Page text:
The biggest tourism challenge the UK faces?
The Culture, Media and Sport Committee’s wide-ranging report into Tourism has been released this week with no fewer than 27 recommendations , all aimed at giving the sector a stronger voice in Government and a more powerful and robust future.
By its nature, this cross-party Committee had an exacting remit, tasked with considering visa and border arrangements, airport capacity alongside Air Passenger Duty, VAT and skills and training but also very much more.
So it was stimulating to see that coastal tourism was awarded serious consideration. The report says: “Reversing the decline in visitors to certain coastal places in the UK is, in the words of Bernard Donoghue of Leading Visitor Attractions, “the biggest tourism challenge the UK faces”.
To redress this, the Government launched the Coastal Communities Fund in 2012, the pot that funds the NCTA. Following our written and oral evidence, the Committee has welcomed the start of our work and dissemination of best practice for all coastal resorts, and recommends that this continue. Visit www.coastaltourismacademy.co.uk/resource-hub for a snap-shot.
To stress the importance of coastal tourism’s future, the report quotes its value, £4.3 billion for overnight domestic trips in England and £3.8 billion for day trips in 2012. It also quotes two key recommendations offered by the NCTA.
First, coastal resorts have a very high concentration of MSEs and low representation of corporate brands resulting in serious implications for delivering innovation and development.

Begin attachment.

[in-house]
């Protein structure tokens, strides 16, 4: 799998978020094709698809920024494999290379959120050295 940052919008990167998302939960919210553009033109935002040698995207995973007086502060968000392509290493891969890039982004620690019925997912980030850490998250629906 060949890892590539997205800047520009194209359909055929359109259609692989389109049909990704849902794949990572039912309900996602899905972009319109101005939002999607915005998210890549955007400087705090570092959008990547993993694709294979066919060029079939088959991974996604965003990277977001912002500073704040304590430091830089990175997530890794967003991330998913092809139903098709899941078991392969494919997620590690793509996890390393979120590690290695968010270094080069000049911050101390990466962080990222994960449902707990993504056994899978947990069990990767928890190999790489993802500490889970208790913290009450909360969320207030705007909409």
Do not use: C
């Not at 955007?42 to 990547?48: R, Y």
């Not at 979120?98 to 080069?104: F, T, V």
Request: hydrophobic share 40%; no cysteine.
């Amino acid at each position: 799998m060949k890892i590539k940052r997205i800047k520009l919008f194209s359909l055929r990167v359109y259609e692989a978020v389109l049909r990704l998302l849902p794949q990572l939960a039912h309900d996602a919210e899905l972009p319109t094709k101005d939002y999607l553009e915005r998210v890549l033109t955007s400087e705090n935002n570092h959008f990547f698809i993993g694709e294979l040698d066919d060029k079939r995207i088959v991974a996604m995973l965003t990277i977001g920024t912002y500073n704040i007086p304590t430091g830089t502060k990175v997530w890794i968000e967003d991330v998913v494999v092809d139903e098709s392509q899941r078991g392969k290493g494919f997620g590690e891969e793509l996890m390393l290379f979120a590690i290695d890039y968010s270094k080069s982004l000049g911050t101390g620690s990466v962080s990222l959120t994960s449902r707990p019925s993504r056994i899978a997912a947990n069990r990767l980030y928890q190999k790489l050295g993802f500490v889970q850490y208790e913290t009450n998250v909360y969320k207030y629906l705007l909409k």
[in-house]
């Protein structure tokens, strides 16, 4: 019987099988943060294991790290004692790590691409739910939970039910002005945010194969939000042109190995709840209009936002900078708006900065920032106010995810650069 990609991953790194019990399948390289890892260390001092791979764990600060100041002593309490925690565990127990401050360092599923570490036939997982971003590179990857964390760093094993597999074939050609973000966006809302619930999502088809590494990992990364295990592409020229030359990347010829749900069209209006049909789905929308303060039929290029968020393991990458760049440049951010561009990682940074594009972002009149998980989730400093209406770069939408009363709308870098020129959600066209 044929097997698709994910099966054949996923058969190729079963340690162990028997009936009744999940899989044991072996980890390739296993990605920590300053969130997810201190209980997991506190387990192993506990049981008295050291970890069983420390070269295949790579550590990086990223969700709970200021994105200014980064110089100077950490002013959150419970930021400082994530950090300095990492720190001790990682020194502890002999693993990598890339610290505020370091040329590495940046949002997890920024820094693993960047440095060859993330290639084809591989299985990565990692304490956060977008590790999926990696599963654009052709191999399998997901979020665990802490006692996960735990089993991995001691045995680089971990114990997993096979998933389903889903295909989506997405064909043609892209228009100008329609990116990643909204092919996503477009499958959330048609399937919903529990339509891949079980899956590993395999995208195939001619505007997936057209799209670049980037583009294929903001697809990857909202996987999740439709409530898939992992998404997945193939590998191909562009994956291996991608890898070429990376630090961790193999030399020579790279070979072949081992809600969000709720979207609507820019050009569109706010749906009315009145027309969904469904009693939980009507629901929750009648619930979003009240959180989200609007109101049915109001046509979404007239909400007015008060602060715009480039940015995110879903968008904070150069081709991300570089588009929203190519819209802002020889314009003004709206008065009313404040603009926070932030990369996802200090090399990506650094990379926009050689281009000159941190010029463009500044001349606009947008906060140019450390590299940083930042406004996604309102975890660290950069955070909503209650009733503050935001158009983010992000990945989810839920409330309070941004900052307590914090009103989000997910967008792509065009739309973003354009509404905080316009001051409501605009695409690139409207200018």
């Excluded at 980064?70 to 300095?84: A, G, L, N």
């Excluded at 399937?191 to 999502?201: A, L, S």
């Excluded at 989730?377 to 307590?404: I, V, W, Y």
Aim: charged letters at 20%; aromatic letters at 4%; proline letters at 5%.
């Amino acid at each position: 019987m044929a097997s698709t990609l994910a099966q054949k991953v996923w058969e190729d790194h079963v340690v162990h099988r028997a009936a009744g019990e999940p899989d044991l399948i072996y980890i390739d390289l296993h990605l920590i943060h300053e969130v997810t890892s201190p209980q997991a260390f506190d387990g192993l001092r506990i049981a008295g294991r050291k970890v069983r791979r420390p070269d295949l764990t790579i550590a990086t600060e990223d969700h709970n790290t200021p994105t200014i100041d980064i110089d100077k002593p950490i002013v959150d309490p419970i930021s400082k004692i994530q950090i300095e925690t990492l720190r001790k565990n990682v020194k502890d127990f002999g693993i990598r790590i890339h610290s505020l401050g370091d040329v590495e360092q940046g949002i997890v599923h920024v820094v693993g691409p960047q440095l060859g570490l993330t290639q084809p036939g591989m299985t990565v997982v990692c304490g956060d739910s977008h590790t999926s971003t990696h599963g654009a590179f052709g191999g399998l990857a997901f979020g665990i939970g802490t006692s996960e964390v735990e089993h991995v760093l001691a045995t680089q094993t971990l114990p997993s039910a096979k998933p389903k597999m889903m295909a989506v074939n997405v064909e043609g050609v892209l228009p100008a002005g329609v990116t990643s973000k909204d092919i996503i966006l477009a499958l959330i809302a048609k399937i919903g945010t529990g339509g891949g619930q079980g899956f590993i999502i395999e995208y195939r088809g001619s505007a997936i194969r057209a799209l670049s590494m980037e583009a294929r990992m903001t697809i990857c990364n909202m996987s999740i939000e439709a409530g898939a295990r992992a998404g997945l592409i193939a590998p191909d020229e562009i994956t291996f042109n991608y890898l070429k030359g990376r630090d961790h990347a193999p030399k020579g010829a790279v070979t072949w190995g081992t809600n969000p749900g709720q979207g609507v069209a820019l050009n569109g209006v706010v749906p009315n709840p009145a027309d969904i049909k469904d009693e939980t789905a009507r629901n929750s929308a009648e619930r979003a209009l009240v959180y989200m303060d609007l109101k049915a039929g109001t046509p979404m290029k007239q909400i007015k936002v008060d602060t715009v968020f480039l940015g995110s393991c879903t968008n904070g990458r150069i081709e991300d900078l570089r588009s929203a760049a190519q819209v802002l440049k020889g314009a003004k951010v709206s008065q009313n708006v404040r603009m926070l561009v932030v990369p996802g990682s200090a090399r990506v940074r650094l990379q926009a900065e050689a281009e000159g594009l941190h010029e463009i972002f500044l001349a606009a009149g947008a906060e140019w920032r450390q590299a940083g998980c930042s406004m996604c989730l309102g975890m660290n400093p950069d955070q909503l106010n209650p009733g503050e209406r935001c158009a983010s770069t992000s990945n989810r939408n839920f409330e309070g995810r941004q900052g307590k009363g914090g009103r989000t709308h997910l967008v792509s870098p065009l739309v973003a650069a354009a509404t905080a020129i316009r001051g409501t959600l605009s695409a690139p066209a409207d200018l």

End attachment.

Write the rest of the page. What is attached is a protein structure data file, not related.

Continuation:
Second, reduction in public sector funding at sub-national level has resulted in many coastal towns seeing significant cuts in tourism provision – often a seaside town’s major employer. Furthermore, not all Local Enterprise Partnerships place tourism high on their agenda, so this alongside a lack of private investment, can result in reduced tourism promotion, business support and market research.
So this report spells potential good news for coastal tourism – it recommends that the Coastal Communities Fund continues regardless of who wins the Election. The Fund has spent £116 million on 211 projects across the UK to date.
But the report also states that there’s a need to consider a successor fund, which might have a more focussed approach, targeting key destinations to benefit coastal communities.
Many seaside resorts comprise small tourism businesses that battle to make their voice heard. If this report’s recommendations are followed, their voice and that of the wider tourism industry is poised to get louder in the next Government.
By Sheron Crossman